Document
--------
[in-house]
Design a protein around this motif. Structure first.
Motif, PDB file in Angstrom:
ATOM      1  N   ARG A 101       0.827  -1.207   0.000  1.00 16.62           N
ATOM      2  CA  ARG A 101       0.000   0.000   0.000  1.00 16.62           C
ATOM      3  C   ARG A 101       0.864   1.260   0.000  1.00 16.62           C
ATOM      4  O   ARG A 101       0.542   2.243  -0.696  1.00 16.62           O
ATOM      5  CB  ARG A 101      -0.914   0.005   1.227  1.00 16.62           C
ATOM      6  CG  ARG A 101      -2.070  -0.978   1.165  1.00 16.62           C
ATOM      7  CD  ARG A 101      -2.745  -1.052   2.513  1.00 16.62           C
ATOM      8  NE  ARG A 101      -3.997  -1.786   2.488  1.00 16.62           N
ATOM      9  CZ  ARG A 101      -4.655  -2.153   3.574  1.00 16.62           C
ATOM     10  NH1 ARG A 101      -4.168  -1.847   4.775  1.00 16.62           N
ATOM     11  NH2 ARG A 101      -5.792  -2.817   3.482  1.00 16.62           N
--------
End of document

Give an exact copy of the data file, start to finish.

[in-house]
Design a protein around this motif. Structure first.
Motif, PDB file in Angstrom:
ATOM      1  N   ARG A 101       0.827  -1.207   0.000  1.00 16.62           N
ATOM      2  CA  ARG A 101       0.000   0.000   0.000  1.00 16.62           C
ATOM      3  C   ARG A 101       0.864   1.260   0.000  1.00 16.62           C
ATOM      4  O   ARG A 101       0.542   2.243  -0.696  1.00 16.62           O
ATOM      5  CB  ARG A 101      -0.914   0.005   1.227  1.00 16.62           C
ATOM      6  CG  ARG A 101      -2.070  -0.978   1.165  1.00 16.62           C
ATOM      7  CD  ARG A 101      -2.745  -1.052   2.513  1.00 16.62           C
ATOM      8  NE  ARG A 101      -3.997  -1.786   2.488  1.00 16.62           N
ATOM      9  CZ  ARG A 101      -4.655  -2.153   3.574  1.00 16.62           C
ATOM     10  NH1 ARG A 101      -4.168  -1.847   4.775  1.00 16.62           N
ATOM     11  NH2 ARG A 101      -5.792  -2.817   3.482  1.00 16.62           N